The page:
The Telephone Cases
ON the 19th of March, 1888, the Supreme Court of the United States reassembled in Washington, after the usual spring vacation. It was generally expected that the long-deferred decision the telephone suits would then be made, and the court-room was filled with inventors, lawyers, and shareholders who had taken part in the protracted and bitter contest over Mr. Bell’s patent, and whose fortune in some cases, whose fame in others, depended upon the result. The audience, on this occasion, were not disappointed, for the Chief Justice announced that the court was prepared to render its judgment in the six causes known as the Telephone Suits. " But,” he added, “ as the opinion is rather long, and my voice is weak and not under control, I have asked Judge Blatchford to read it.” These were his last words in the Supreme Court, for he was then suffering from the disease which ended in his death, a few days afterward; and the opinion which he had prepared, and which was read for him in the deep and somewhat tense silence of the court-room, proved to be the final act of his public career. That opinion, as everybody knows, decided — and doubtless the decision will be accepted by history — that Mr. Alexander Graham Bell was the first inventor of the telephone, and that neither Reis, the German professor, nor anybody else succeeded in transmitting human speech by the aid of electricity until Mr. Bell had shown the world how it could be done. Three judges dissented from the opinion, holding that Daniel Drawbaugh, an intelligent mechanic of Eberly’s Mills, Pennsylvania, had invented and used a complete telephone, much better than any that Bell ever devised, years before the latter made his discovery. The dissenting judges did not deny that Mr. Bell also was an original inventor of the telephone, and that it was he who introduced it to public use. “ We have nothing to say,” Mr. Justice Bradley remarked, “ depreciatory of Mr. Bell at all, for he has real merits; but we think that this obscure mechanic did do the thing, and that he is entitled to the merit of being the first inventor.”
Whatever Daniel Drawbaugh had done or attempted in this line (and I shall glance at his history in a subsequent article), it is well known that about the year 1875 the transmission of speech by electricity was a problem with which many able inventors were struggling, and there was a general feeling that it would be solved before long. A word or two as to the manner in which speech is produced wall show what the problem was, and enable the reader to understand how much or how little had already been accomplished.
When one speaks, what he does is to set in vibration the particles of air with which he is surrounded. Motion is communicated from one particle to another in the air, just as it is communicated from one particle to another in water, when the wind springs up and waves are formed. In each case, the particles move only in a restricted space, but the character of the motion is communicated to the adjoining particles, and the same character is preserved just so far as the movement extends. It would be erroneous, however, to conceive that the vibrations of the air take the shape of waves, like those of the sea; they are not curved, but move in a straight line, and they cover a very small space,— usually about one one - hundred - thousandth of an inch. The particles of air, when words are spoken, are first crowded together, and then, when the pressure is removed, their elasticity comes into play, and causes them to resume their former place. Waves require a surface, but the air is all about us ; we are below it as well as above it. The movement of air particles during speech has been illustrated as follows : —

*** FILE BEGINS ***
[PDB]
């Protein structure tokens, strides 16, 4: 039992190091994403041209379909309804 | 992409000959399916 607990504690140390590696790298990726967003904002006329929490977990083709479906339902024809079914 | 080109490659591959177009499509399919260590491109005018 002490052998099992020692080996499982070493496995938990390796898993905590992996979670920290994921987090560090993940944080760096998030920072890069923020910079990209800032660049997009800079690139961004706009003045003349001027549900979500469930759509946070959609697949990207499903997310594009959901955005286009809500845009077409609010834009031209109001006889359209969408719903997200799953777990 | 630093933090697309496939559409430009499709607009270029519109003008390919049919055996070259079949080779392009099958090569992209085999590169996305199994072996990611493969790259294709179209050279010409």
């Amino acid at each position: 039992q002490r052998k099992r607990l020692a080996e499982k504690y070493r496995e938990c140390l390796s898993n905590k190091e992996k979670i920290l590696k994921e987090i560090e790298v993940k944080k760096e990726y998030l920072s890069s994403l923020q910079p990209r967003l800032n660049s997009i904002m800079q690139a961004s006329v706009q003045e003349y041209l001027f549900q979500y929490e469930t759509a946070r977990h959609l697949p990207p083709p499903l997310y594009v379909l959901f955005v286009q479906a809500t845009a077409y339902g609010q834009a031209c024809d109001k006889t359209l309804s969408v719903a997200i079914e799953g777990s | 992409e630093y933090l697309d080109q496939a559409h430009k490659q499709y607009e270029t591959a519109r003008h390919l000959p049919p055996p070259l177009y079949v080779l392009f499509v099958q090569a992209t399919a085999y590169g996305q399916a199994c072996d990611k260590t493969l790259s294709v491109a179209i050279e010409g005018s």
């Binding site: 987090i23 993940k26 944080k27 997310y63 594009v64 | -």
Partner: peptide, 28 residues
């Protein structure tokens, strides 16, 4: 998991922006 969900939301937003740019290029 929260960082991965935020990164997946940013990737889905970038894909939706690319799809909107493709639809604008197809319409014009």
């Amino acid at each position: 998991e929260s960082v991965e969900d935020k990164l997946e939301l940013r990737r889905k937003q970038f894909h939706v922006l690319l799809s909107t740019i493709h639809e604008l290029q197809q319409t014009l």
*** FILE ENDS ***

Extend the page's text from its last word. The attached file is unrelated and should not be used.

“ If you are in a tightly packed and excited crowd, you are pressed on all sides ; but as the people in the crowd sway a little, you are sometimes jammed more tightly, and again, presently, have a little more elbow-room. You and each of your neighbors touch each other all the time ; but if the people in the part where you are move closer together, in their efforts to see something, you are pressed a little more ; if some of them are attracted to turn and move a little away from you, you are pressed less. These movements of greater or less pressure are due to a slight to-andfro movement of the different individuals composing the crowd.
“Such is the case with the air particles. Under the influence of the voice or some sounding body, those immediately near it are first, perhaps, pressed together; presently, by virtue of their elasticity, they spring apart a little more widely than they were before, and thus zones of condensation or rarefaction are produced. These zones of disturbance are propagated onward at the rate of about 1120 feet a second, very much as sea waves are propagated onward, without any traveling motion of the air or water itself, and are called ‘ sound waves ’ or ' sonorous undulations.’ But as these zones are produced by and correspond to the slight vibratory motions of the air particles, it is found more convenient to study the motions of the particles themselves.”